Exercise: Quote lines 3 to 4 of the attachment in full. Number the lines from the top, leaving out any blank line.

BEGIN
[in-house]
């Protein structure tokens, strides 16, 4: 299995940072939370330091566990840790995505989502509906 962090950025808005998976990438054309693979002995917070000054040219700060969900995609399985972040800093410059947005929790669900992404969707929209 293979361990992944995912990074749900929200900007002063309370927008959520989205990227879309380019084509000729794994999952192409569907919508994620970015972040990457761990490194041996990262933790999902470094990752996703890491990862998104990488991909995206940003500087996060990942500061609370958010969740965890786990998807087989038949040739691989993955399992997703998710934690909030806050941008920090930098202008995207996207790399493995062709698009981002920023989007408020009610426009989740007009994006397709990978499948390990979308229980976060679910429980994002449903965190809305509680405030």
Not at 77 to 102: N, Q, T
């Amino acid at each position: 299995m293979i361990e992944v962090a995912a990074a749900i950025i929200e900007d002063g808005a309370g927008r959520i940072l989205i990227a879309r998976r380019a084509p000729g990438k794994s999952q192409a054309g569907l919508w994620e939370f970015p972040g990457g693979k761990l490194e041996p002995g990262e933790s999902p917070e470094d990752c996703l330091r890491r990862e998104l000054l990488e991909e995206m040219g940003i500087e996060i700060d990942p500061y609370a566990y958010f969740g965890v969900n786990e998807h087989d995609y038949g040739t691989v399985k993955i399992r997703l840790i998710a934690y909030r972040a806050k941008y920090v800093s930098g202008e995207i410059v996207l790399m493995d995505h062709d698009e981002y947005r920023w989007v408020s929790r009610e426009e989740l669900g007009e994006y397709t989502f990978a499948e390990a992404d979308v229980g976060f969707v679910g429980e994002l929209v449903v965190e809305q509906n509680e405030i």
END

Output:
Not at 77 to 102: N, Q, T
């Amino acid at each position: 299995m293979i361990e992944v962090a995912a990074a749900i950025i929200e900007d002063g808005a309370g927008r959520i940072l989205i990227a879309r998976r380019a084509p000729g990438k794994s999952q192409a054309g569907l919508w994620e939370f970015p972040g990457g693979k761990l490194e041996p002995g990262e933790s999902p917070e470094d990752c996703l330091r890491r990862e998104l000054l990488e991909e995206m040219g940003i500087e996060i700060d990942p500061y609370a566990y958010f969740g965890v969900n786990e998807h087989d995609y038949g040739t691989v399985k993955i399992r997703l840790i998710a934690y909030r972040a806050k941008y920090v800093s930098g202008e995207i410059v996207l790399m493995d995505h062709d698009e981002y947005r920023w989007v408020s929790r009610e426009e989740l669900g007009e994006y397709t989502f990978a499948e390990a992404d979308v229980g976060f969707v679910g429980e994002l929209v449903v965190e809305q509906n509680e405030i």